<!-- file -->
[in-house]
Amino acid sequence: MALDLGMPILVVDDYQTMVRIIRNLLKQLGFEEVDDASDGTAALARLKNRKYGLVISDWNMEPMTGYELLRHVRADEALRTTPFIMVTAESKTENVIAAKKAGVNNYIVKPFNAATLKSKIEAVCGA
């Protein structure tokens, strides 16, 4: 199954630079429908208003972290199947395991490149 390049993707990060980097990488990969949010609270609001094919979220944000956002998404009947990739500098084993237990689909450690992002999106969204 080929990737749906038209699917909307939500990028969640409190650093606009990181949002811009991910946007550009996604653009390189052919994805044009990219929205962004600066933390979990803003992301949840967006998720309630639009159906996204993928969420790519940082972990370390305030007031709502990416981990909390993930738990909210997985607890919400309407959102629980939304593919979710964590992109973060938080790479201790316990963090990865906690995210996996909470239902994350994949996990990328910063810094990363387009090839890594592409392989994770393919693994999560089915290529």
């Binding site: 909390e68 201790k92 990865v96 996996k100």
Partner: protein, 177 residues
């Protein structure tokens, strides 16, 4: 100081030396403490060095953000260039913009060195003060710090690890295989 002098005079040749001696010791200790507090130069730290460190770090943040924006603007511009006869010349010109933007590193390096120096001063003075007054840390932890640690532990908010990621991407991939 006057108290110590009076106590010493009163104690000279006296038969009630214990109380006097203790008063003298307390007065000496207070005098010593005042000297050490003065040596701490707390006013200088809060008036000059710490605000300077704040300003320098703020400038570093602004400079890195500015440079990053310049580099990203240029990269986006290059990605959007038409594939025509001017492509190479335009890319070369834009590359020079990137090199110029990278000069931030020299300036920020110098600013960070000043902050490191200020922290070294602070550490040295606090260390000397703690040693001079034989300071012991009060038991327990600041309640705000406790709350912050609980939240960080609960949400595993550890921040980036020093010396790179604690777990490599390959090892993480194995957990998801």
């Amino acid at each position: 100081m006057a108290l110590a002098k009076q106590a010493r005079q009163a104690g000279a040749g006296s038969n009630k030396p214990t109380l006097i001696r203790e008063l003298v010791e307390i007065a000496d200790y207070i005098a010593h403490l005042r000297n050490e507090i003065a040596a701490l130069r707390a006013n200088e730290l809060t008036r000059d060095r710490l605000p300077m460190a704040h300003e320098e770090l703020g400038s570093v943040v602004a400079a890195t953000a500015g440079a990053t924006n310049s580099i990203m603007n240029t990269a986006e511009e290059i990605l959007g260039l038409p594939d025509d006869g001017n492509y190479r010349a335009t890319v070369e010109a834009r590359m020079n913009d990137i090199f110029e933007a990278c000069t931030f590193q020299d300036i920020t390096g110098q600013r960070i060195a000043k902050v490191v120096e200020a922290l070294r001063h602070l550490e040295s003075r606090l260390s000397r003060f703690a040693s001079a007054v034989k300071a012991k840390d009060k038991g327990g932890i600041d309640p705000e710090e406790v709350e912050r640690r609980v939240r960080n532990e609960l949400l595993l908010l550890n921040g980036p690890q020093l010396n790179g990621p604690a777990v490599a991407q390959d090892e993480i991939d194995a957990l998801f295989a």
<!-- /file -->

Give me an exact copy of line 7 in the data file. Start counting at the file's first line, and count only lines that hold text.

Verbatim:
């Amino acid at each position: 100081m006057a108290l110590a002098k009076q106590a010493r005079q009163a104690g000279a040749g006296s038969n009630k030396p214990t109380l006097i001696r203790e008063l003298v010791e307390i007065a000496d200790y207070i005098a010593h403490l005042r000297n050490e507090i003065a040596a701490l130069r707390a006013n200088e730290l809060t008036r000059d060095r710490l605000p300077m460190a704040h300003e320098e770090l703020g400038s570093v943040v602004a400079a890195t953000a500015g440079a990053t924006n310049s580099i990203m603007n240029t990269a986006e511009e290059i990605l959007g260039l038409p594939d025509d006869g001017n492509y190479r010349a335009t890319v070369e010109a834009r590359m020079n913009d990137i090199f110029e933007a990278c000069t931030f590193q020299d300036i920020t390096g110098q600013r960070i060195a000043k902050v490191v120096e200020a922290l070294r001063h602070l550490e040295s003075r606090l260390s000397r003060f703690a040693s001079a007054v034989k300071a012991k840390d009060k038991g327990g932890i600041d309640p705000e710090e406790v709350e912050r640690r609980v939240r960080n532990e609960l949400l595993l908010l550890n921040g980036p690890q020093l010396n790179g990621p604690a777990v490599a991407q390959d090892e993480i991939d194995a957990l998801f295989a």